Have you taken the first steps in building your organization’s purpose-driven brand, and are wondering where to go next? The answer: your employees. To best support your brand, it’s essential to encourage and nurture a purpose-driven culture from within. According to Inc.com, “employees who find purpose in their work are more motivated, engaged and productive. And companies with engaged staff outperform those without by over 200 percent.”

There’s yet another reason to focus on staff engagement. By creating a purpose-driven workplace for your current (and future) employees, you not only increase overall job satisfaction, but you encourage buy-in of your company’s social purpose from all stakeholders. And buy-in from all levels is what makes a social purpose brand succeed.

So How Do You Create a Purpose-driven Culture?

In their latest book, The Purpose Revolution, John Izzo and Jeff Vanderwielen explore “how leaders create engagement and competitive advantage in an age of social good.” They highlight key steps that leaders at every level should take when nurturing a purpose-driven culture and organization:

1. Authentically lead your purpose

To successfully drive purpose within your organization and team, you must first have a solid grasp on your own personal purpose, as a leader. This means looking at your own values, what you want for your future, and what you want your legacy to be. Why are you doing what you’re doing? What are you leading towards? By answering these questions, you’ll be able to articulate your purpose, and more effectively lead a team or organization in authentically finding and living their own.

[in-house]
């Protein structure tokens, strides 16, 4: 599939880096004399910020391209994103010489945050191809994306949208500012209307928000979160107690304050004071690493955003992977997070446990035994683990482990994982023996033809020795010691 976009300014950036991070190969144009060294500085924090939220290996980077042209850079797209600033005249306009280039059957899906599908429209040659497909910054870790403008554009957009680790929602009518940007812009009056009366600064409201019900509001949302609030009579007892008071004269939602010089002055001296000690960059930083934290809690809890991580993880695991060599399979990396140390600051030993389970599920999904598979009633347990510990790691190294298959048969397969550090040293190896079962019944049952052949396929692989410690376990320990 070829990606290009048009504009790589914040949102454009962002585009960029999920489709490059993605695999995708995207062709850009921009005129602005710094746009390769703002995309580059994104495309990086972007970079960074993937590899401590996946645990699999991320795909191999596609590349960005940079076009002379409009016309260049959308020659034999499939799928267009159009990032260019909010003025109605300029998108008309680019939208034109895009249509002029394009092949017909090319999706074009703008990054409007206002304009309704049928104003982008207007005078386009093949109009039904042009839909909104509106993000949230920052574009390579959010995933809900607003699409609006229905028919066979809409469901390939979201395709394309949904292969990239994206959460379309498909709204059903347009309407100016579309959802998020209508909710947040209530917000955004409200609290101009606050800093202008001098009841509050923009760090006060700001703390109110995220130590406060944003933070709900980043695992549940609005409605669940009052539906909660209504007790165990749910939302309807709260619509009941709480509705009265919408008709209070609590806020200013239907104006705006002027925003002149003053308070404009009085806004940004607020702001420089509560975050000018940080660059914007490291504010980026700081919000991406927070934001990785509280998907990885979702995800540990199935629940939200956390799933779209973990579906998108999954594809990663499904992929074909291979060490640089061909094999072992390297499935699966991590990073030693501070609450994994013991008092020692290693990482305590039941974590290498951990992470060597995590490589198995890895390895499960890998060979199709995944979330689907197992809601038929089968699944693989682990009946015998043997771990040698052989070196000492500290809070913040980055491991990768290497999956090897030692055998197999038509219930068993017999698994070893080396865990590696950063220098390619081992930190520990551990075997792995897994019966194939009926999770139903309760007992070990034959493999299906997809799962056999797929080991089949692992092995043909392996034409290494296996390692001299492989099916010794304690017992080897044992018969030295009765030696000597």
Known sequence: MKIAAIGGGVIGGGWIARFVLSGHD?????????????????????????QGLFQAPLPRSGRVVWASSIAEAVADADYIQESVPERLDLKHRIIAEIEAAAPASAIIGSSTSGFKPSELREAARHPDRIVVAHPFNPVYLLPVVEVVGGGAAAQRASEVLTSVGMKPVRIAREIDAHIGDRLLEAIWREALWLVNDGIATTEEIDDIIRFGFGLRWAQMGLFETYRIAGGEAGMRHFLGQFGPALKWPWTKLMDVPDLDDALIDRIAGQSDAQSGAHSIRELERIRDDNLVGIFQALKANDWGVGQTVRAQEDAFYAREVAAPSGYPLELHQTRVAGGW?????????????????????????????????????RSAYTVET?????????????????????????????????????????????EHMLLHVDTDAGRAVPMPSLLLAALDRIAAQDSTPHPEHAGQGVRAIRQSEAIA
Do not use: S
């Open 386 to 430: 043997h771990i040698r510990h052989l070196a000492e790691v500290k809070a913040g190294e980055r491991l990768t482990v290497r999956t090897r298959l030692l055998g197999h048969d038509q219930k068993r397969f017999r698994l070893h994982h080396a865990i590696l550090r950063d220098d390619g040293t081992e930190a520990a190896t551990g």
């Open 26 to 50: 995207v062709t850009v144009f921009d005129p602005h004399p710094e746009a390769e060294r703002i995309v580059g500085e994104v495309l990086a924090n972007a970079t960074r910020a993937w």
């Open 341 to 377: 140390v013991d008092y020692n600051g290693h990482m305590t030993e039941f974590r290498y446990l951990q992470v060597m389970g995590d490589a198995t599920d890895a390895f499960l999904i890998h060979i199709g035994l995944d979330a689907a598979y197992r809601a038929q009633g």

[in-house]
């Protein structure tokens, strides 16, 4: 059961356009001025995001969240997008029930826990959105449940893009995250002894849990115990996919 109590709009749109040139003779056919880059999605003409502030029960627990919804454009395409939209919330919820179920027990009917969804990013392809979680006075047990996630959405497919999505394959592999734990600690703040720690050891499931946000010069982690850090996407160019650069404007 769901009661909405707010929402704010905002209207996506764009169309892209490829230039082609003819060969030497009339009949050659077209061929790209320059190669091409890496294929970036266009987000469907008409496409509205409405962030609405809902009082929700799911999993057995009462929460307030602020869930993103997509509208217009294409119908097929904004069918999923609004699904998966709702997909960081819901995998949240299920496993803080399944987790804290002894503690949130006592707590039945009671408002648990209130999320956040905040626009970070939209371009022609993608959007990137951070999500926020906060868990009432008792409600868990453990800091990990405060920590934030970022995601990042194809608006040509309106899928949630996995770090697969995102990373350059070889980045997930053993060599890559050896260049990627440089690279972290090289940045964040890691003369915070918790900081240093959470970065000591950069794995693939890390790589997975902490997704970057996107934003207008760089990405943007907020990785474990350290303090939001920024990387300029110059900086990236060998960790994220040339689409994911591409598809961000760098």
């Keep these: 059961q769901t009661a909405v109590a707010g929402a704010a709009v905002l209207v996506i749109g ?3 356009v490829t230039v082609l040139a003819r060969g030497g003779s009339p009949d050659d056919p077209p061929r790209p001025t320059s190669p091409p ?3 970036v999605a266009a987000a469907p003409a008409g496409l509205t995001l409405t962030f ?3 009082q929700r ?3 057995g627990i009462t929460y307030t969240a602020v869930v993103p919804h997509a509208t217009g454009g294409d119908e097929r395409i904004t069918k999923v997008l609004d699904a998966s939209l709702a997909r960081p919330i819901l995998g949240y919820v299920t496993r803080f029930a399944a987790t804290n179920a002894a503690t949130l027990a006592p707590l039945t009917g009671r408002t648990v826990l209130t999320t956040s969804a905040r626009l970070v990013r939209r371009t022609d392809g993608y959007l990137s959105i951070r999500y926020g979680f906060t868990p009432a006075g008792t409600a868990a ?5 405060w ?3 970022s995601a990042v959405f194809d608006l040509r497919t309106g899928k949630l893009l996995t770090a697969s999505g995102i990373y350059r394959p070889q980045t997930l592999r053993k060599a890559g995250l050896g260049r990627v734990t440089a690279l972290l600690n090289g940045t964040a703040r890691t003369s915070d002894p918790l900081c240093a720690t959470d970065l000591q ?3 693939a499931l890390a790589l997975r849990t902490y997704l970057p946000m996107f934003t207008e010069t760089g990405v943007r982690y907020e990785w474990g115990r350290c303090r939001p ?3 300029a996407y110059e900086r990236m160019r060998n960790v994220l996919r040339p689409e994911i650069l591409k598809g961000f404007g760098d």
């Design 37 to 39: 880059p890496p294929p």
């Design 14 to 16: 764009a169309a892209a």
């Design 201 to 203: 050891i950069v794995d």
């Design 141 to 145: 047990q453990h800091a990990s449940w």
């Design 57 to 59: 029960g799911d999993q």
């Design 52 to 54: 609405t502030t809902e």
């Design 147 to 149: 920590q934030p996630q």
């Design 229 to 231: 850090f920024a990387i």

2. Drive job purpose, not function

It’s important to differentiate between job function – the tasks and responsibilities that make up the role, and job purpose – why the role exists within the organization and why it’s inherently important. As Izzo and Vanderwielen explain,  “As leaders we need to learn to articulate the company’s mission and how it relates to the purpose of each individual on our team.” In this way, you give deeper meaning and purpose to every job and role within the organization, and tie your company’s purpose and mission to each individual employee.

3. Get your employees involved in your purpose

In the past, companies with social purpose policies often demonstrated this from the top down, via company charitable donations, and initiatives from the CEO. These days, however, Izzo and Vanderwielen say that “your team members want to help shape your company’s purpose and values” and that they “are eager to get involved and get their hands dirty.” To do that, get your employees involved in volunteering and charitable initiatives that support your organization’s social purpose from the ground up.

4. Consistently communicate your purpose

Once your organization’s social purpose is established, and you’re taking steps to integrate that purpose into every decision and aspect of your business, don’t stop there. Continue to regularly emphasize and communicate your purpose to your employees. Take time to communicate stories about how your company’s mission and purpose are positively affecting your customers and stakeholders, and how employees can integrate this into their jobs and lives.

To successfully lead a purpose-driven organization, it’s important to look past job titles and performance indicators, and encourage your team members (and yourself) to find a deeper connection with the purpose of the organization. By connecting individual values to those of your organization, you will create more engaged, happy and satisfied employees. And you’ll be a stronger leader as a result.

Leave a Reply

This site uses Akismet to reduce spam. Learn how your comment data is processed.